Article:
The key to getting the sharper landscape and nature images is to use specific digital photography techniques. Disciplined use of these techniques by photographers leads to technically better photos.

Use a sturdy tripod – Camera movement is a common culprit of soft photos. Using a sturdy tripod will usually alleviate the problem, and also allow you to compose your image with precision. The use of a tripod allows the digital photographer to use a slower shutter speed, for a greater depth of field due to the corresponding aperture.
Use an appropriate ISO digital camera setting – Selecting the proper ISO setting on your digital camera is also one of the keys to sharper images. A low ISO setting on your digital camera will produce finer grained images, but requires longer shutter speeds and/or a large aperture. A higher ISO on the other hand allows the photographer to utilize a faster shutter speed which can be good for capturing sharp pictures of moving objects, although it sacrifices image noise.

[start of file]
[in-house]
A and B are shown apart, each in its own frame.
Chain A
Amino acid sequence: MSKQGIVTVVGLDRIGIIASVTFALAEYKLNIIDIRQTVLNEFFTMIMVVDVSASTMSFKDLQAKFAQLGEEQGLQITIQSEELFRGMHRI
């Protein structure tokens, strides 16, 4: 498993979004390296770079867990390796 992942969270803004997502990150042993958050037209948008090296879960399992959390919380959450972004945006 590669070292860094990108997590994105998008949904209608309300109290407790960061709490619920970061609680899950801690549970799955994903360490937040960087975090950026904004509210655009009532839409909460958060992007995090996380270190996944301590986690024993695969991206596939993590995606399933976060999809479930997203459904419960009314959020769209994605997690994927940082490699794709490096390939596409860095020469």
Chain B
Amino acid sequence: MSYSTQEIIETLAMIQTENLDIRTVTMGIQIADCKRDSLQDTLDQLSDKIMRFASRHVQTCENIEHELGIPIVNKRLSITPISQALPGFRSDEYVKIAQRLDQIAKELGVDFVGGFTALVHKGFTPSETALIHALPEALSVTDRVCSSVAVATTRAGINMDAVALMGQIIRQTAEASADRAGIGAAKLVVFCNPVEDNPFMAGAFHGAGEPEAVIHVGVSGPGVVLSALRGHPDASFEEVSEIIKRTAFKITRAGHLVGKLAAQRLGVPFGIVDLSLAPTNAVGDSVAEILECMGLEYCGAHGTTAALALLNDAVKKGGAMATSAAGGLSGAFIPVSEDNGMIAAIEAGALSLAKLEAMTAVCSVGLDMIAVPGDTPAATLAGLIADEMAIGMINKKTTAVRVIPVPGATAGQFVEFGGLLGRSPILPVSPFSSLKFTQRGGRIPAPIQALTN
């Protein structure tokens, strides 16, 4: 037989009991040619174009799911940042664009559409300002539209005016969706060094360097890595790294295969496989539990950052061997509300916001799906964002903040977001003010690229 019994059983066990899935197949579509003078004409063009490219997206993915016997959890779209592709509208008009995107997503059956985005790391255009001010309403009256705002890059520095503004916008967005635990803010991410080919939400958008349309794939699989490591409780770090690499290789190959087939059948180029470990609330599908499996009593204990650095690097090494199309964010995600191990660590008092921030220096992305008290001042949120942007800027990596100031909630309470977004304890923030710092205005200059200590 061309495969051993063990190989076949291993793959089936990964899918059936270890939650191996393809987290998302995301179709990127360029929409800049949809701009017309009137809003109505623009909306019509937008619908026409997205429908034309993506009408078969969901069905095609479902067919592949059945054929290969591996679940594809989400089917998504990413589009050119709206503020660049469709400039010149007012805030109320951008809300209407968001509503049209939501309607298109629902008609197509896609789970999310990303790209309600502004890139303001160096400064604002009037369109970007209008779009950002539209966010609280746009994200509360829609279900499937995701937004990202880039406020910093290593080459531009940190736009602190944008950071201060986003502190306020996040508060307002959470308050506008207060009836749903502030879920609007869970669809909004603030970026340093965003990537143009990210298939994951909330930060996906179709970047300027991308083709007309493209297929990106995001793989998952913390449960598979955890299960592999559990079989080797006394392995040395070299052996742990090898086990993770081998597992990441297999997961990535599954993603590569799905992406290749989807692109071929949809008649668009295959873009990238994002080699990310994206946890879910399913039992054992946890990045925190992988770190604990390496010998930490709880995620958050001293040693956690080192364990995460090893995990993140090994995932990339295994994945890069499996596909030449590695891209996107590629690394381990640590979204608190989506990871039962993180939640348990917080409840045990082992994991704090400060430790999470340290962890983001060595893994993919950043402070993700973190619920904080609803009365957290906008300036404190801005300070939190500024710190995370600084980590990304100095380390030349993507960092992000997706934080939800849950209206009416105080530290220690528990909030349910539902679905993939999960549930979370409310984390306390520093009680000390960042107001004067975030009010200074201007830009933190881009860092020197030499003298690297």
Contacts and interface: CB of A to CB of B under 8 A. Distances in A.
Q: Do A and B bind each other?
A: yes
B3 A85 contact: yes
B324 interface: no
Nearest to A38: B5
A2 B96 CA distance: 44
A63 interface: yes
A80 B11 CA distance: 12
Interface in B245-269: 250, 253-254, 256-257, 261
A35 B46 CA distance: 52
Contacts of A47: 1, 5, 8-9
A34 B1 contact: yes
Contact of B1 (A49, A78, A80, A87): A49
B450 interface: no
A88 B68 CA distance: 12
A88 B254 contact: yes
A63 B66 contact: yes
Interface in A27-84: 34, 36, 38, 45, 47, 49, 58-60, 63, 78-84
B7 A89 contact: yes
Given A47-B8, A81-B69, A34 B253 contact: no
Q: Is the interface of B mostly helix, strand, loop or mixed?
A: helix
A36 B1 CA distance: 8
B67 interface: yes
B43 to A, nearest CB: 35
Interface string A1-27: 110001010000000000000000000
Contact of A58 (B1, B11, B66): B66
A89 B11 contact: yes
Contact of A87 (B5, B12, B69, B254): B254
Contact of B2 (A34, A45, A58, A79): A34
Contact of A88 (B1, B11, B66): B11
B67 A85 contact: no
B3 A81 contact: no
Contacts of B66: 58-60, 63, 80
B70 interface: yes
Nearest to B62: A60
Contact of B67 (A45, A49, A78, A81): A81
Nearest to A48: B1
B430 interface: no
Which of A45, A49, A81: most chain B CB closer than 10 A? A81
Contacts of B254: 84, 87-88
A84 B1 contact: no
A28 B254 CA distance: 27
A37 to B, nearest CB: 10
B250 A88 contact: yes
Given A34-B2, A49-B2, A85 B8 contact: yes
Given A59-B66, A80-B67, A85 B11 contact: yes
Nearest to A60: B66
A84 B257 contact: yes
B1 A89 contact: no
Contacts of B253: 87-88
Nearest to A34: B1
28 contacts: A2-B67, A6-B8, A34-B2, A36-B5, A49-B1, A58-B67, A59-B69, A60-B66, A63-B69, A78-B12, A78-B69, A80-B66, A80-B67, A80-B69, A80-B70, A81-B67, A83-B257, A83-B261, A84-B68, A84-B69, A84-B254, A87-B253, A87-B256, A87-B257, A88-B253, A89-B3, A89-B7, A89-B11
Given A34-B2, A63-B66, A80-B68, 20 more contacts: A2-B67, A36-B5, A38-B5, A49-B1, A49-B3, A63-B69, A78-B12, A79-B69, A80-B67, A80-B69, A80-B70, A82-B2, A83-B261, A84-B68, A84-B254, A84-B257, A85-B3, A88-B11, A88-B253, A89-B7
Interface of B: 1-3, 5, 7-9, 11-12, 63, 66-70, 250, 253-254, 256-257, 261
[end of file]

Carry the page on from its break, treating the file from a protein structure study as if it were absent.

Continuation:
Use a fast Shutter Speed – To freeze moving objects such as aspen leaves quaking in the wind or a tumbling waterfall, use the fastest possible shutter speed. Keep in mind however that your depth of field focus will be reduced at faster shutter speeds due to the larger aperture.
Use a Small Lens Aperture – By stopping down the camera lens, the image appears sharper by expanding overall depth of field focus. This results in objects both near and far being in good focus.
Control Subject movement – Much the same as camera movement, subject movement can be damaging to image sharpness, however sometimes subject movement can be impossible to control. For instance shooting close-up pictures of wildflowers on a windy day can be quite the challenge. The best advice is to restrategize, and go with the flow. Forget the close-up pictures, zoom out, wait for a lull in the breeze and shoot the pretty landscape.
The trick to getting better photos is to find that ideal combination of variables. Always use the lowest possible ISO setting, and for the best depth of field focus select a smaller aperture. For still landscape pictures, use a tripod and slower shutter speed. For moving landscapes, use a faster shutter speed to freeze the motion.

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